Sherille Ismail, OSP
FCC Staff Working Paper 1 (Oct 2010) presents a historical review of a series of pivotal FCC decisions that helped shape today’s communications landscape. These decisions generally involve the appearance of a new technology, communications device, or service. In many cases, they involve spectrum allocation or usage. Policymakers no doubt will draw their own conclusions, and may even disagree, about the lessons to be learned from studying the past decisions.
From an academic perspective, however, a review of these decisions offers an opportunity to examine a commonly-asserted view that U.S. regulatory policies — particularly in aviation, trucking, and telecommunications — underwent a major change in the 1970s, from protecting incumbents to promoting competition. This paper therefore examines whether that general view is reflected in FCC policies. It finds that there have been several successful efforts by the FCC, before and after the 1970s, to promote new entrants, especially in the markets for commercial radio, cable television, telephone equipment, and direct broadcast satellites.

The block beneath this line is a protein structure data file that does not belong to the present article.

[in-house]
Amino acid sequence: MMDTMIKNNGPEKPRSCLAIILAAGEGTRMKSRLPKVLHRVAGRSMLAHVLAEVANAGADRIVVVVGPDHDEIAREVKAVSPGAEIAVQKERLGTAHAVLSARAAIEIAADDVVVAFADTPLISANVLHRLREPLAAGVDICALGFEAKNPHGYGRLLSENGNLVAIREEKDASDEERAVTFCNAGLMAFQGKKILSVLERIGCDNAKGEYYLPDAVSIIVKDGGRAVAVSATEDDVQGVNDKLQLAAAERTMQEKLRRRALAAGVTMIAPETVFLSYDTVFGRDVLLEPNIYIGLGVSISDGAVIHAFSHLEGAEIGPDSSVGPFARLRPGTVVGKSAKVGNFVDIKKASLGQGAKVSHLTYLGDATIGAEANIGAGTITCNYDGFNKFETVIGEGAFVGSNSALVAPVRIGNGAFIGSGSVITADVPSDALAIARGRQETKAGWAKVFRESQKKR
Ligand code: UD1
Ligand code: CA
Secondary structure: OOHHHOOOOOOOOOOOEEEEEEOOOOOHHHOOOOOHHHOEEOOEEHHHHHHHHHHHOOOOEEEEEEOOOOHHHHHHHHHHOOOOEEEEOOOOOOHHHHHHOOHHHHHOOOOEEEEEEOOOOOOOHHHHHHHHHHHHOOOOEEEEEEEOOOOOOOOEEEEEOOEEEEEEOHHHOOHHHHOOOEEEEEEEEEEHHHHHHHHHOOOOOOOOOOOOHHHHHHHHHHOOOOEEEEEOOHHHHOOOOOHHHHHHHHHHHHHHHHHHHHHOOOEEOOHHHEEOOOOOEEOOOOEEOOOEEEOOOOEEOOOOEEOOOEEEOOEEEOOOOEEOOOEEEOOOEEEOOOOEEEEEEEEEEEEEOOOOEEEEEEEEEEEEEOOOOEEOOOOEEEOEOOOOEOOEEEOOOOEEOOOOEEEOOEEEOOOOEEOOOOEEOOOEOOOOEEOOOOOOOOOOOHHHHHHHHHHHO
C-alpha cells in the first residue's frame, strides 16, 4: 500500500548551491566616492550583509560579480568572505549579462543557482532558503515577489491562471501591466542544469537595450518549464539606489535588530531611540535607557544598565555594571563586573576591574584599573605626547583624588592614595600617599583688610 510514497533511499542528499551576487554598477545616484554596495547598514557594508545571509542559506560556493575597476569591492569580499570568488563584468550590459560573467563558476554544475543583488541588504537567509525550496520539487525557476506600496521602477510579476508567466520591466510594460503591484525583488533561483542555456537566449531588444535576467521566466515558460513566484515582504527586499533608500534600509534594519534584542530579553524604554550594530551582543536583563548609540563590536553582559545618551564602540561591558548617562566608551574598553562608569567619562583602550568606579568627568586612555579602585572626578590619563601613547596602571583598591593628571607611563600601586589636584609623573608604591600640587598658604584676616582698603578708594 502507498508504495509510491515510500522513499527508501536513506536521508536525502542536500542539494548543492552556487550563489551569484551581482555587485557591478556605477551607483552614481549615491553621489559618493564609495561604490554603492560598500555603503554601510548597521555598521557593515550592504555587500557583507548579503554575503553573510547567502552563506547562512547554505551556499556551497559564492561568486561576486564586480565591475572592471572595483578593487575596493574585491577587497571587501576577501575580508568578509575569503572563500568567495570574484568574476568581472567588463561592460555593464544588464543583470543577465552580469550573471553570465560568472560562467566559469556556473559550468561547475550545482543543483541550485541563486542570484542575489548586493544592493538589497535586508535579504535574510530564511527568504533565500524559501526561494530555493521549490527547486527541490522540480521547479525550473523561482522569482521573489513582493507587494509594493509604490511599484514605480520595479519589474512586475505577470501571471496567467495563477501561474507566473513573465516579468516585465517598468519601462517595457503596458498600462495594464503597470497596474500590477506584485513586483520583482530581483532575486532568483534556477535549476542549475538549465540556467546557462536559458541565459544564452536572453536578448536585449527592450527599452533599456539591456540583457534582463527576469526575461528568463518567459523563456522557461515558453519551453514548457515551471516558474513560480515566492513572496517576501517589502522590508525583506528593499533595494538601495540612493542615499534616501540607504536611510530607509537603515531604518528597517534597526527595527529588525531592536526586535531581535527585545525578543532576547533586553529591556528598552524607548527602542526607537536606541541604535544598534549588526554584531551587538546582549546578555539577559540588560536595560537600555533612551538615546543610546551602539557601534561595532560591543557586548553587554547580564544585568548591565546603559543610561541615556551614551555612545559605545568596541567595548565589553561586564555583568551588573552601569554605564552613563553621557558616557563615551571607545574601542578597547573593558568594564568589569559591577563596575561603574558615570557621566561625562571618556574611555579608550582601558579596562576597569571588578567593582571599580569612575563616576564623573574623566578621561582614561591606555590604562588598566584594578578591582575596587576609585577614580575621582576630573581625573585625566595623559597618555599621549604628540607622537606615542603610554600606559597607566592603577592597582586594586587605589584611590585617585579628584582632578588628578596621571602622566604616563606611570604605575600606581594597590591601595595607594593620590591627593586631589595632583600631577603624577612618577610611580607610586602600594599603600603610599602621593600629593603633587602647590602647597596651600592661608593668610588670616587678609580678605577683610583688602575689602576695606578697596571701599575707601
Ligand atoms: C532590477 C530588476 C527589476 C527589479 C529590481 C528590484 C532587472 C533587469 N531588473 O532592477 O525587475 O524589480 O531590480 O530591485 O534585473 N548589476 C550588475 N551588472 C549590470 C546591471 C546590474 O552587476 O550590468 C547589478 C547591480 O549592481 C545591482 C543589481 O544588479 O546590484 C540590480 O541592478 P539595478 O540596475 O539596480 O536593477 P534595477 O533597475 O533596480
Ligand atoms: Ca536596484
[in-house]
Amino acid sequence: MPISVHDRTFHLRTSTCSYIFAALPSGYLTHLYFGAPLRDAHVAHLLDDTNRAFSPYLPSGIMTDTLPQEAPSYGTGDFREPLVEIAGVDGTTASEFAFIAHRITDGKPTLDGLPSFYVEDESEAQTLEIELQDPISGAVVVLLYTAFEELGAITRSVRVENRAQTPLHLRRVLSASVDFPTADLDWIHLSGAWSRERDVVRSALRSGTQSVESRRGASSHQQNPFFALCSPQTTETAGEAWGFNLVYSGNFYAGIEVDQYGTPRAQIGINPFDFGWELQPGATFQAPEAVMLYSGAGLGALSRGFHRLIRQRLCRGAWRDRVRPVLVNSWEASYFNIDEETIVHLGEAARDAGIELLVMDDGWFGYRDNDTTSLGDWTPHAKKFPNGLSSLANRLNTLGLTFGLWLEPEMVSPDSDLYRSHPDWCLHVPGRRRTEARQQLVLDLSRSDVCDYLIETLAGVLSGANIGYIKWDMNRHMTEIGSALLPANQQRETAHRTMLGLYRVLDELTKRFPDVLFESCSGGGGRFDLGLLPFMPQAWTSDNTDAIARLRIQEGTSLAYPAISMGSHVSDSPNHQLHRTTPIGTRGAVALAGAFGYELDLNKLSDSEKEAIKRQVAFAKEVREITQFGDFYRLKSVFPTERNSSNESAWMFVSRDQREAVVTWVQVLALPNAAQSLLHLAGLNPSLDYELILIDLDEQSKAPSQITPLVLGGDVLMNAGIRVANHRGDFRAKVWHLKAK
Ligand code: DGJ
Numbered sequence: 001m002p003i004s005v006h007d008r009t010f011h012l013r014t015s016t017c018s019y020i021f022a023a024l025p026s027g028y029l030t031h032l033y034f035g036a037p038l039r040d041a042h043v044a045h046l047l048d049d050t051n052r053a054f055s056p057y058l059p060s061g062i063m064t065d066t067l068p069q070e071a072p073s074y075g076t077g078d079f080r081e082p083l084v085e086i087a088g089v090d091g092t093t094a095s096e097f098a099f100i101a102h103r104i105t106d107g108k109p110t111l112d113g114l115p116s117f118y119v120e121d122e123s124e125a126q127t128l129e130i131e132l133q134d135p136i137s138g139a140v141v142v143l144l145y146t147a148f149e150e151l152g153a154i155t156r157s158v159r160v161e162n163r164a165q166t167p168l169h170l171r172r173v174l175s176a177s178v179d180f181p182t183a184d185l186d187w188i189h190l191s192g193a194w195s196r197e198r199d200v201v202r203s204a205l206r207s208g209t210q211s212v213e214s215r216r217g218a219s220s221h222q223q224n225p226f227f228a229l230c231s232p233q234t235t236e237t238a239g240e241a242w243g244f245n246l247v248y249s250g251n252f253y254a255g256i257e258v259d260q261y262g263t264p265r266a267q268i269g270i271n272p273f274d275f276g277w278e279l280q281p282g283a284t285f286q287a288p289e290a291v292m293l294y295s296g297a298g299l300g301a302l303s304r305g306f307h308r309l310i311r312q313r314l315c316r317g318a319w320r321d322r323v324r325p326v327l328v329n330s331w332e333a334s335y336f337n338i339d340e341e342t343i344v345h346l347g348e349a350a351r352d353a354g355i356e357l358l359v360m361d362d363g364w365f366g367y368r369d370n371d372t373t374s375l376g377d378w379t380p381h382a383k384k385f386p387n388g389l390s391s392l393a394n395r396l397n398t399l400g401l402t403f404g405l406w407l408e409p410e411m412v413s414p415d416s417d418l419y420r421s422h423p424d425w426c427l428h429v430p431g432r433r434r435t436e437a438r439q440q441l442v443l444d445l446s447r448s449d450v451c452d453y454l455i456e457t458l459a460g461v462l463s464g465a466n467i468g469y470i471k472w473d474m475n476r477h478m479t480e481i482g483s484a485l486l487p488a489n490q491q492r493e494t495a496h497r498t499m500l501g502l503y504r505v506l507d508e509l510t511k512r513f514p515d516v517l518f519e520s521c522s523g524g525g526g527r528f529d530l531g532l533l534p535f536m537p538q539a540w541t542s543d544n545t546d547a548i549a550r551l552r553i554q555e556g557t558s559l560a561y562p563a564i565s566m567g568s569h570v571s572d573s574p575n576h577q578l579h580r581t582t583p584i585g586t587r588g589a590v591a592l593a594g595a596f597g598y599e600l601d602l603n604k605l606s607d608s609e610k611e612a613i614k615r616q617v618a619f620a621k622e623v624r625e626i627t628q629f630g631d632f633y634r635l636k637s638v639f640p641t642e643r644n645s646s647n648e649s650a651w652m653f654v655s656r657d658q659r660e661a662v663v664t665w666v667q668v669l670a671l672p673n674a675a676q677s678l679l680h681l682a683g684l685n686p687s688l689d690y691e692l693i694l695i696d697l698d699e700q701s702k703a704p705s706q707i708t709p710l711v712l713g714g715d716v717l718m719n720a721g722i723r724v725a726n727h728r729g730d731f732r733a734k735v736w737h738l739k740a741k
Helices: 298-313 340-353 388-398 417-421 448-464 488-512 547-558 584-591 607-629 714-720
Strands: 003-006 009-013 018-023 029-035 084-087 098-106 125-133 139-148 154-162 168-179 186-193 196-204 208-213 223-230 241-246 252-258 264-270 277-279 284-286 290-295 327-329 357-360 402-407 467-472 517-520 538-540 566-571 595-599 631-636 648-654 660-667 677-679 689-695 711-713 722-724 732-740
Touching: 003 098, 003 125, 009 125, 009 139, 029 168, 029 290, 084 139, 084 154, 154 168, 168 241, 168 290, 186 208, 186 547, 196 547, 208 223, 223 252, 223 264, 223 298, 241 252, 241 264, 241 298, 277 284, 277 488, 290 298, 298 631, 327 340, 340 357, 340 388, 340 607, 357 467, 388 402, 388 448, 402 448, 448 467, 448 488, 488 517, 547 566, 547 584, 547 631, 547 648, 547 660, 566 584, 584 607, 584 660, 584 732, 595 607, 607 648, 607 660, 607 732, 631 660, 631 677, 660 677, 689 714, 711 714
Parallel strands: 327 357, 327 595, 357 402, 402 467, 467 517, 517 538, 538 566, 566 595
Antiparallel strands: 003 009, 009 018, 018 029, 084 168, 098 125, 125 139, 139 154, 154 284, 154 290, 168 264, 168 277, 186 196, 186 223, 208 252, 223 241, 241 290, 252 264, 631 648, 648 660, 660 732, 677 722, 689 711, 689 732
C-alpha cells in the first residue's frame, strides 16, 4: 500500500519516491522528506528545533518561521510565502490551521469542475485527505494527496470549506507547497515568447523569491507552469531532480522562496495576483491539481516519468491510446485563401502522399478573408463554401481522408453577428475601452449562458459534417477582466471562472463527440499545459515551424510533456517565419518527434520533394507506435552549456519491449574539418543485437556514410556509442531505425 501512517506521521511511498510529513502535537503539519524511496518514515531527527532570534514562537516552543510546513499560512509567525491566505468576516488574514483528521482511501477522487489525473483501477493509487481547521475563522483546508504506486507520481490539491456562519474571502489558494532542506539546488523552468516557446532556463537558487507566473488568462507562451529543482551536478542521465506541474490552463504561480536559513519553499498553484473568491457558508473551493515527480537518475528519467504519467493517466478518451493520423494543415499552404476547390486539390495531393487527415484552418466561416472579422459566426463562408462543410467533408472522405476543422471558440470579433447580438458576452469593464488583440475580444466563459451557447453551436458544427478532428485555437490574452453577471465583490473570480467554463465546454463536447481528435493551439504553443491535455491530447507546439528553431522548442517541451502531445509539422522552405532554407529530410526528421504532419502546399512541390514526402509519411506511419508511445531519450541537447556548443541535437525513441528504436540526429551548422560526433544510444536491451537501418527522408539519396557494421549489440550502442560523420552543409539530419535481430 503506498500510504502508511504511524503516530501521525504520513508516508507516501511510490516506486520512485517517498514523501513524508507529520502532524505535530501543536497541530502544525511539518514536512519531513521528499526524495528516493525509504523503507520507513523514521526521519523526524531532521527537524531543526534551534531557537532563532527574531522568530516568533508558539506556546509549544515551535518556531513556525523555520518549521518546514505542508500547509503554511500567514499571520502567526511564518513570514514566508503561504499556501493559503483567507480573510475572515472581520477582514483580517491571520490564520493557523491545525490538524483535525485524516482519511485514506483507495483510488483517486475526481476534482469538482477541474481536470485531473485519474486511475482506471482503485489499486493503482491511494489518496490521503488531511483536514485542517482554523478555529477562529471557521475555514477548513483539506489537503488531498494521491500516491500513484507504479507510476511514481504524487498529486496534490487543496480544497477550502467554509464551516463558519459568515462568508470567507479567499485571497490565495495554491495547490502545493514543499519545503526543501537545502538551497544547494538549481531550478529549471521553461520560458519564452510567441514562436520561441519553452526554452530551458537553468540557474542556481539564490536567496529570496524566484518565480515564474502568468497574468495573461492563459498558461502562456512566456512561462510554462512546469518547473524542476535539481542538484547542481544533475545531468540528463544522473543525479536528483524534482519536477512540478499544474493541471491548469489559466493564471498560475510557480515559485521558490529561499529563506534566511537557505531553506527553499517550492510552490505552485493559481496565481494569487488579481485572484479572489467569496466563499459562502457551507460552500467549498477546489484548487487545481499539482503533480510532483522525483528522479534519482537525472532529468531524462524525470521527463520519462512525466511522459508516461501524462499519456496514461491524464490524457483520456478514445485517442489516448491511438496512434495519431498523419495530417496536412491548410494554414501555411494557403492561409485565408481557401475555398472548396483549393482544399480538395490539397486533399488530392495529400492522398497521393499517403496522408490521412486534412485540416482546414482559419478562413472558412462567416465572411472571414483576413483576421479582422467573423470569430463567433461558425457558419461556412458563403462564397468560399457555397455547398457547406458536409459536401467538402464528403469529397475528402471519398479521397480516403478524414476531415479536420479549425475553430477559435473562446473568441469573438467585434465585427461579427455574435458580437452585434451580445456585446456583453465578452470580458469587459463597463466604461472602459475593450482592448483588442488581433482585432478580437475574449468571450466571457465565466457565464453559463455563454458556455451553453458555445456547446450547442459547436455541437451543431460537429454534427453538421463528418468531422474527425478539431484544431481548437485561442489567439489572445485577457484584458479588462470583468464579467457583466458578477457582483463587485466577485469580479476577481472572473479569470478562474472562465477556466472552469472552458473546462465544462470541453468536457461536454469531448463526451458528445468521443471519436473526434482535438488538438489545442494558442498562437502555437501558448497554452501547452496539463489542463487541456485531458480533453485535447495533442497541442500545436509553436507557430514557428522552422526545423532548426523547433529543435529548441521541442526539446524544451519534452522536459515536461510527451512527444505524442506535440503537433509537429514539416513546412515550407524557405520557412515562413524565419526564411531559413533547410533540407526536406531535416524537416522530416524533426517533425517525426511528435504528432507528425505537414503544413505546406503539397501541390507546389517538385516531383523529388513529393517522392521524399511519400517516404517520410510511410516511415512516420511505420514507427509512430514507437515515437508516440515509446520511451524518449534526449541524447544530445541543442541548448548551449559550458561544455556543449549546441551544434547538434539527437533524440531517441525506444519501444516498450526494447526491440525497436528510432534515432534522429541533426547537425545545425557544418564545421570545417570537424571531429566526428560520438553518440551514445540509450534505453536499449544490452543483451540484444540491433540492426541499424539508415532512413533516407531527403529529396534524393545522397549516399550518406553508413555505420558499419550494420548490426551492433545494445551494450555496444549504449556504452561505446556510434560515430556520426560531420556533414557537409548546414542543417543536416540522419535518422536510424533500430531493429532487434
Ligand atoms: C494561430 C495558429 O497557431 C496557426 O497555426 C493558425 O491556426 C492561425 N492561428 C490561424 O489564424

This paper is the first in an agency-wide research paper series that replaces all of the earlier working paper series that had been issued by individual bureaus and offices. It is intended to encourage staff research that furthers the “expert” function of the agency and builds agency intellectual capital. This active research program is managed by the Office of Strategic Planning and Policy Analysis (OSP).